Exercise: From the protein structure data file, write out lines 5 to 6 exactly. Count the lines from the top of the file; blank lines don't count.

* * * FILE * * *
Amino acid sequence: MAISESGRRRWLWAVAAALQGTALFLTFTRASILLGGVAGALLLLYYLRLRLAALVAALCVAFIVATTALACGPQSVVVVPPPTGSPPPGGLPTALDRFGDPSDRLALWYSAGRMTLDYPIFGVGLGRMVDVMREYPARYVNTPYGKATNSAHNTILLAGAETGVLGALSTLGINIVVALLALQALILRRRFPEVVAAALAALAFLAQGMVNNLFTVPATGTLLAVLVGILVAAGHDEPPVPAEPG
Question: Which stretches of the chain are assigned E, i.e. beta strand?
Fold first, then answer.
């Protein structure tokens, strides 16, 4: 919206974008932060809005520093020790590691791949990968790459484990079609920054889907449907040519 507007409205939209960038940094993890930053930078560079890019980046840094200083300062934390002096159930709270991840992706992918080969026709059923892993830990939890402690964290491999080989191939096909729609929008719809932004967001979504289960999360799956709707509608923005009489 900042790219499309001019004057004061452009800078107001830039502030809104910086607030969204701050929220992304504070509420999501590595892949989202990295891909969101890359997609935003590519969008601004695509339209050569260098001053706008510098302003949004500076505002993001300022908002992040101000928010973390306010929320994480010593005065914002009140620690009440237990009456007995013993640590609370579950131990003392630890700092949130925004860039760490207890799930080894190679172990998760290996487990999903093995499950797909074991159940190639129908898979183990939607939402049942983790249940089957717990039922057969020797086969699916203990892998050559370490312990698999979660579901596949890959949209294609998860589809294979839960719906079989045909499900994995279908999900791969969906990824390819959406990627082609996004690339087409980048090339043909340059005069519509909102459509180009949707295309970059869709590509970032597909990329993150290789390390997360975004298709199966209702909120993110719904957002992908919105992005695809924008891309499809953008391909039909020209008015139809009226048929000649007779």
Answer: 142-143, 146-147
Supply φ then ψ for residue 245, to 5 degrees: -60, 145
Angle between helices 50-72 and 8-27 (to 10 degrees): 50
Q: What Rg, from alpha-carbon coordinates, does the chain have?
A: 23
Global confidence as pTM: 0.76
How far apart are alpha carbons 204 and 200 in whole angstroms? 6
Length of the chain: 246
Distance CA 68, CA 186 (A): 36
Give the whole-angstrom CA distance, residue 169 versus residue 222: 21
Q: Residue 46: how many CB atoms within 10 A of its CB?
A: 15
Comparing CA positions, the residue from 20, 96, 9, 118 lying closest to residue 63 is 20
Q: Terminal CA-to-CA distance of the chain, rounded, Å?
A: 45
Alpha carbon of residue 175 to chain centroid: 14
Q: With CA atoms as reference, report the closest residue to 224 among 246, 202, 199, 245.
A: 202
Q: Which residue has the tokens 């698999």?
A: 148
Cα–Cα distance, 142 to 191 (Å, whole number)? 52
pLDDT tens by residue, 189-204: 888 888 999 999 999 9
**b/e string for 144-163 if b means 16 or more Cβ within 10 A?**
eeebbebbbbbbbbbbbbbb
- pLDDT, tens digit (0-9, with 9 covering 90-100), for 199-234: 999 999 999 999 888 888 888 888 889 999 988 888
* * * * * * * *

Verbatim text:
Answer: 142-143, 146-147
Supply φ then ψ for residue 245, to 5 degrees: -60, 145